Jerry Zgoda of the Star Tribune:
Kevin Garnett will return for a 21st NBA season on a two-year contract, according to a league source with knowledge of an agreement that’s been considered mostly a formality for weeks.
Like the three-year deal the Wolves and Nemanja Bjelica agreed to, Garnett’s deal can be signed according to NBA rules starting on Thursday.
The agreement likely has a provision that Garnett will move into a managerial role with the team if he is not healthy enough to play the 2016-17 season.
Garnett eventually landing in the Timberwolves front office has always made some sense. He began his NBA career in Minnesota, and was considered the face of the franchise for 12 seasons. Even in merely an ambassador role, Garnett would be a welcome addition to the team’s operation once his playing days are done.
Dario Saric was selected with the 12th overall pick in the 2014 NBA Draft, but the plan was for him to remain in Europe for at least two more seasons.
That’s probably part of the reason the rebuilding Sixers traded for him on draft night, given their propensity for selecting players who aren’t ready to contribute to the team’s win total in the immediate future.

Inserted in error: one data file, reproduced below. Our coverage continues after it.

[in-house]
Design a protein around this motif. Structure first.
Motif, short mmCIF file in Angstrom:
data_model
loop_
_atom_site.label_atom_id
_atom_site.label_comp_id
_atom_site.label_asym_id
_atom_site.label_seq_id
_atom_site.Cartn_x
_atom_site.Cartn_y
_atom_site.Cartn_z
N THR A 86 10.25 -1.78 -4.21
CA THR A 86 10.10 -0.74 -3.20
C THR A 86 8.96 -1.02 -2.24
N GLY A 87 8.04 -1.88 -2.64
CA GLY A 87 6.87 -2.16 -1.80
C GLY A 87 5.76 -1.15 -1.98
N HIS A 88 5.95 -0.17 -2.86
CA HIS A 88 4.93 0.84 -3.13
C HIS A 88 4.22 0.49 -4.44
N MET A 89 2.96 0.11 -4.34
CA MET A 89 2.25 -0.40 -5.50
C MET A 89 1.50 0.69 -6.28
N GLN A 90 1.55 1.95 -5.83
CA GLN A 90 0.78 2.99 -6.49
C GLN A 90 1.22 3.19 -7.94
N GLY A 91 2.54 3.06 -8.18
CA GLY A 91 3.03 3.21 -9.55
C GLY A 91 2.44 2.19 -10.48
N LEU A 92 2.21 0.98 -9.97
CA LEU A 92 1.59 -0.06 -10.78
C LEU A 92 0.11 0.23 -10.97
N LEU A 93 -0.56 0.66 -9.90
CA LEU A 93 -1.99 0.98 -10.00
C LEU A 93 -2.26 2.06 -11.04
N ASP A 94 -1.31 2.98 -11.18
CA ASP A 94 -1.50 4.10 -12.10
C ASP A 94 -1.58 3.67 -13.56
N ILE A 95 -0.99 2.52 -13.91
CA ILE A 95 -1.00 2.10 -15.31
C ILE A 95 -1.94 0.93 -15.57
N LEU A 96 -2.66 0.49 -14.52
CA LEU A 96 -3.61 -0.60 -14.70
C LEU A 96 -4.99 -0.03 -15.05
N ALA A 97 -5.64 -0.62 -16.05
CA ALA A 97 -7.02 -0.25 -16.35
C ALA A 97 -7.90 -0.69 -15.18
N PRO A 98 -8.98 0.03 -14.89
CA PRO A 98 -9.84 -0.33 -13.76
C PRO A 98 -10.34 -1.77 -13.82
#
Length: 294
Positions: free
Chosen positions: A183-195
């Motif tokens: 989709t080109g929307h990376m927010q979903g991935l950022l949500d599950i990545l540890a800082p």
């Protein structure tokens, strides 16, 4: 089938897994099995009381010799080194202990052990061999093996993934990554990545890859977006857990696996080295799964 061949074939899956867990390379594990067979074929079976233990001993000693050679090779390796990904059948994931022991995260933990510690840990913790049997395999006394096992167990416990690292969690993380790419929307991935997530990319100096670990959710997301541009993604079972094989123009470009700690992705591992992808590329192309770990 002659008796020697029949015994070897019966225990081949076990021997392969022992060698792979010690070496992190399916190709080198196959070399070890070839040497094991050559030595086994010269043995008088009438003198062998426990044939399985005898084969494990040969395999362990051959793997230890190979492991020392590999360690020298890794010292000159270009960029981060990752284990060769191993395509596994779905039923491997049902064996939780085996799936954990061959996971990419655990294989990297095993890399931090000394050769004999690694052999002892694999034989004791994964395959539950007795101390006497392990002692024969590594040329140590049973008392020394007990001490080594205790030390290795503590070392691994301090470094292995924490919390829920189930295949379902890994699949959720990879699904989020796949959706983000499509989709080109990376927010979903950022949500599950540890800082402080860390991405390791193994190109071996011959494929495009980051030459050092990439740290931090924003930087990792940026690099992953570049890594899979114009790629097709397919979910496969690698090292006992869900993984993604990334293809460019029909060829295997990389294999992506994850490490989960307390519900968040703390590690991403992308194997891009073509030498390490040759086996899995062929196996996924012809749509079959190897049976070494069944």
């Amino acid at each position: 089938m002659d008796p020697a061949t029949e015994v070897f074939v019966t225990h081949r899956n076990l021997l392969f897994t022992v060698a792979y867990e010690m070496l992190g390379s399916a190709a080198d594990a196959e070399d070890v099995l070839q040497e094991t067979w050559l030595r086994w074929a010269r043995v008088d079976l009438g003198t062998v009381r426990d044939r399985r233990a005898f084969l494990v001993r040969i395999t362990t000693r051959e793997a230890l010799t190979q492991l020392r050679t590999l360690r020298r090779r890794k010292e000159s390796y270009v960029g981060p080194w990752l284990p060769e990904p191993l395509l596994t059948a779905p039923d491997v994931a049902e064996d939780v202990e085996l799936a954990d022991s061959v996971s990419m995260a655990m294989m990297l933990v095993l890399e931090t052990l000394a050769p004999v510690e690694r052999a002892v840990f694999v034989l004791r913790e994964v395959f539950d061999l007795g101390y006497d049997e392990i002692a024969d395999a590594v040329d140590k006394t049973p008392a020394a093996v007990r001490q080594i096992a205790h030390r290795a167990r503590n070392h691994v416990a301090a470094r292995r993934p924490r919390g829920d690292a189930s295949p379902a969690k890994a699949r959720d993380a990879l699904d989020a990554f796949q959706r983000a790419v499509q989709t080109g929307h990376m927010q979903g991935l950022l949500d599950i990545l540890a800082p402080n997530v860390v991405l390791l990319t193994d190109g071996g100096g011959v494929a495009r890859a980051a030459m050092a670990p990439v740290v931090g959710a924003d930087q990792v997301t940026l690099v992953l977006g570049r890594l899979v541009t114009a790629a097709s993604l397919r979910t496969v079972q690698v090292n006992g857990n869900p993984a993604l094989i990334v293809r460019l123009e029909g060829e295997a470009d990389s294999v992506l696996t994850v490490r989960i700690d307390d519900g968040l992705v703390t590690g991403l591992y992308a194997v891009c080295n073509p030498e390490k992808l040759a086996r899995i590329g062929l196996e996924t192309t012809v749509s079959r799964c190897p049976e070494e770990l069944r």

Saric, however, was ready to make the jump now. But he couldn’t get out of his current contract in order to make that happen.
From David Pick at Basketball Insiders:
“Saric told people he wanted to join Philadelphia now, but couldn’t because his contract had no out-clause,” a source told Basketball Insiders.
Despite the Sixers’ late push to bring him over as soon as possible, negotiations with Turkish finalist Anadolu Efes failed to materialize. Saric is handcuffed overseas until 2016, but it was clear, sources familiar with his wishes said, that he wanted to join Philadelphia.
I asked Saric for his thoughts about moving to the U.S. and the situation with his Turkish club.
“It’s really hard for me to answer that,” Saric said. “I can’t comment.”
Tanking jokes aside, the Sixers did seem to want to add Saric to the roster this season. It’s time to start developing all that young talent in order to begin to turn things around — even though the 6’10” power forward is a duplication of sorts, alongside Nerlens Noel, Joel Embiid and the newly-drafted Jahlil Okafor.
The Cavaliers won two games against the Warriors in the NBA Finals, and did so with Kyrie Irving and Kevin Love both sidelined due to injury.
Had they been healthy, could they have won two more? Irving believes the answer is a resounding “yes.”
In an appearance on The Big Podcast With Shaq, Irving answered a question about his involvement in getting Kevin Love to re-sign by saying how great things were in Cleveland last season, and that they should bring everyone back because had they been healthy, the title would have been theirs.